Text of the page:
During this lecture, the different indicators produced operationally at EDO will be firstly introduced. Secondly, a study developed at EDO assessing the LSA-SAF Evapotranspiration (ET) product for drought monitoring in Europe will be detailed. In this analysis, two case studies will be presented; corresponding to the drought episodes of spring/summer 2007 and 2011. For these two cases, the drought indicators previously introduced (Including ET) will be compared and analyzed, considering in the analysis, different drought effects as it is the decrease of the agricultural production.

Finally, the main limitations of the ET as drought indicator will be discussed, as well as the potential for drought assessment and monitoring of other LSA-SAF products like the Land Surface Temperature (LST) and the fraction of Absorbed Photosynthetic Active Radiation (fAPAR).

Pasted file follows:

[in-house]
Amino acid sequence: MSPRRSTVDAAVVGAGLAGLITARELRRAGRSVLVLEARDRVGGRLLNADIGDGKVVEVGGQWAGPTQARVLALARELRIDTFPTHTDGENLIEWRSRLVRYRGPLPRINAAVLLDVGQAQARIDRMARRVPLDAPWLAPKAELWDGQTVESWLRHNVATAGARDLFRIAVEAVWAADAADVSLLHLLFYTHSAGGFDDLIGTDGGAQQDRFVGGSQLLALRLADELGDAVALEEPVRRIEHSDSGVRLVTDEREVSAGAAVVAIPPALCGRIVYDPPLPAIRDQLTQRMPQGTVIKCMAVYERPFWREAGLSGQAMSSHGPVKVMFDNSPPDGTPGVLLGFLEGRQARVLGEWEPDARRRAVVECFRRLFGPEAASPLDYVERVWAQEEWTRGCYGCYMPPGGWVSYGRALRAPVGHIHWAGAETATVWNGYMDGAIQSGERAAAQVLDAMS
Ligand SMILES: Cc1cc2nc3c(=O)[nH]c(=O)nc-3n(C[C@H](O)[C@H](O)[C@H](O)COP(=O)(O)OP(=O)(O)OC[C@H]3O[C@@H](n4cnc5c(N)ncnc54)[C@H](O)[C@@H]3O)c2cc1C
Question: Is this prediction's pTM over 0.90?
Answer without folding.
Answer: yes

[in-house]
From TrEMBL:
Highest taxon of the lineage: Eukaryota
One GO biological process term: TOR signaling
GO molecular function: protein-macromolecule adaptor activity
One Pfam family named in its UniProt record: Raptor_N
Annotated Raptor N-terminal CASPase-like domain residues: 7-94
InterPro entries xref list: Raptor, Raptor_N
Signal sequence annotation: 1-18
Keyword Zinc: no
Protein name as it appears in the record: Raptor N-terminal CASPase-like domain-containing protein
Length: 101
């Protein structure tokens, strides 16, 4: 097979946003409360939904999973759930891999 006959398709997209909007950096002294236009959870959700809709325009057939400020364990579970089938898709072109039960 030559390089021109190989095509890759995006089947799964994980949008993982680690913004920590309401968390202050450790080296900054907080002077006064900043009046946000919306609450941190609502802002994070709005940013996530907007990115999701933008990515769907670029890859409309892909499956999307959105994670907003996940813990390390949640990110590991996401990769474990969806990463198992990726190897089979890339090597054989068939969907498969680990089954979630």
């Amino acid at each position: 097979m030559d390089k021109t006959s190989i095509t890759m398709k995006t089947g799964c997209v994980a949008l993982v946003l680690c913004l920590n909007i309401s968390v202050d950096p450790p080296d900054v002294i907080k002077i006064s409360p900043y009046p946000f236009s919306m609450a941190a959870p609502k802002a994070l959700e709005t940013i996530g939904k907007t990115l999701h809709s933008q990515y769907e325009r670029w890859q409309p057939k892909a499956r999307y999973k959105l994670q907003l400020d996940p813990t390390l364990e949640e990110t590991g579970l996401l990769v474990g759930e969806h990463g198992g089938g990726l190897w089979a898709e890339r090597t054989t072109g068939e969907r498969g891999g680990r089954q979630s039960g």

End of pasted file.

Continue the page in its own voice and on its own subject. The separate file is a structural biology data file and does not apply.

Recording Guadalupe Sepulcre

Session 2: Vegetation and Drought Monitoring

Assessing and monitoring drought events using vegetation and drought indices, Célia Gouveia, FCUL, Portugal

Currently the determination of the ecological, agricultural and environmental impacts of climatic change is considered to be a scientific priority. In the present context of climate change and increasing land degradation and desertification, the evaluation of drought impacts is crucial in determining the environmental consequences of a hypothetical change in climatic conditions.

In the last decade special attention was devoted to the development of new indices particularly suited for drought analyses, quantification and monitoring, namely the ones that are using evapotranspiration data.

On the other hand remote sensing data allows to analyse vegetation activity and to estimate different biophysical parameters such as the area index, the vegetation biomass, the net primary production and photosynthetic activity. Given the spectral properties of vegetation, vegetation indices can be calculated and used to analyse vegetation dynamics and climate impacts, namely to determine the impact of droughts.

Recording Célia Gouveia

Global droughts watch from space, Felix Kogan, NOAA, NESDIS, STAR, USA